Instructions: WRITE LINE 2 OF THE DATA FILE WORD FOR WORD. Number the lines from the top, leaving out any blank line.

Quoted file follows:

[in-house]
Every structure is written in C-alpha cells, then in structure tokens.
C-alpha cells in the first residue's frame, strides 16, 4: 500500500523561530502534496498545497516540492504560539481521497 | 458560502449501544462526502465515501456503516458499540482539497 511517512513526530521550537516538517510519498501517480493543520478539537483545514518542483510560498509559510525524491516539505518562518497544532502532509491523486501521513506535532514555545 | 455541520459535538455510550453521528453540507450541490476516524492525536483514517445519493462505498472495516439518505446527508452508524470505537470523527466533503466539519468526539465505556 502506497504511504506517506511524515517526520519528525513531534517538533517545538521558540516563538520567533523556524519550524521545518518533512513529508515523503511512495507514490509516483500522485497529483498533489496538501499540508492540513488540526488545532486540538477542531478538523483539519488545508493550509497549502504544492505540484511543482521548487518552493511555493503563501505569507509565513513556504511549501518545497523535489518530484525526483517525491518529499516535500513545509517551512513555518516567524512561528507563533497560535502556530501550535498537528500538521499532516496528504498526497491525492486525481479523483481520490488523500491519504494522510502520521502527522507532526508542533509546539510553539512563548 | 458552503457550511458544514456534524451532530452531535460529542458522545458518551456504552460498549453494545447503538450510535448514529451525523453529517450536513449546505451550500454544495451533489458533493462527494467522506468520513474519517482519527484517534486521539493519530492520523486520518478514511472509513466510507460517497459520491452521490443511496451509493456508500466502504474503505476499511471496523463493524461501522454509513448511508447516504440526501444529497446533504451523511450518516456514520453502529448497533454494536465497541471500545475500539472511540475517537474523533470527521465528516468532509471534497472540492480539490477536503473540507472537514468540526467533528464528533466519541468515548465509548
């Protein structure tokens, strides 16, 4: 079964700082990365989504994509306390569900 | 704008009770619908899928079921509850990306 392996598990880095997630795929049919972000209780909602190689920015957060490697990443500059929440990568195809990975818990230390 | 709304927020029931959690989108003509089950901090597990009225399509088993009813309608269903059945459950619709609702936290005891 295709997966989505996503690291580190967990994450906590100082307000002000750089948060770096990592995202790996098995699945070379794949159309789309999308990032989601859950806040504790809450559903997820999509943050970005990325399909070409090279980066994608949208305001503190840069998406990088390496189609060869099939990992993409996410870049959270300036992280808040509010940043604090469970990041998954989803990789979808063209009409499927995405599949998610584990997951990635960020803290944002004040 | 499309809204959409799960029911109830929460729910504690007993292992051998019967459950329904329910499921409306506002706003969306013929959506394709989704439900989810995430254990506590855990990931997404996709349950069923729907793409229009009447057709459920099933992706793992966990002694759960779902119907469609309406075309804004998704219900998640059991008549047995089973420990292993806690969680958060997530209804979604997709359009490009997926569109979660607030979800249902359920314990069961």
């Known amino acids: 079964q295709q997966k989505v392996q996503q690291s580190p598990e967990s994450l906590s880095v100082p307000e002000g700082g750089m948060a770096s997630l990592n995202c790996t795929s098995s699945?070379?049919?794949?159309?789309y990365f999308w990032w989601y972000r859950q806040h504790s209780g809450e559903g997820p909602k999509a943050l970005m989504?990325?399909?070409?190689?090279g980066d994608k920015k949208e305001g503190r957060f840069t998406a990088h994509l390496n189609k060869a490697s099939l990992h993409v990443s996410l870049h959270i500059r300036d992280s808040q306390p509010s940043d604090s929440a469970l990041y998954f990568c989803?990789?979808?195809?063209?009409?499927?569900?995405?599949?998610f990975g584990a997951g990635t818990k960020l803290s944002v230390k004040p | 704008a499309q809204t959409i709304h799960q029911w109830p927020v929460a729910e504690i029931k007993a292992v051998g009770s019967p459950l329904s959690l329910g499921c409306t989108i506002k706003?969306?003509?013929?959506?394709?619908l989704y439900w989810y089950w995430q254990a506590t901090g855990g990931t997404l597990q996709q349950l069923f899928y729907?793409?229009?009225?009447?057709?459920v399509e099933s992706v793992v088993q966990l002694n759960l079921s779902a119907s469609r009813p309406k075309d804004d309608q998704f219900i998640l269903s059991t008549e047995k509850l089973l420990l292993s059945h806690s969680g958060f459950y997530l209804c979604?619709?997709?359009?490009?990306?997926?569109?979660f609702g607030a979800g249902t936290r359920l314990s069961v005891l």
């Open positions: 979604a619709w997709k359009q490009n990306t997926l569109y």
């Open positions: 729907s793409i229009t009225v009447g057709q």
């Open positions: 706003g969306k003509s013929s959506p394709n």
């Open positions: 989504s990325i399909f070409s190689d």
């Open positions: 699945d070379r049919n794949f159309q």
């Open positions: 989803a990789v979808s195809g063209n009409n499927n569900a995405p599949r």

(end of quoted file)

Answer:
Every structure is written in C-alpha cells, then in structure tokens.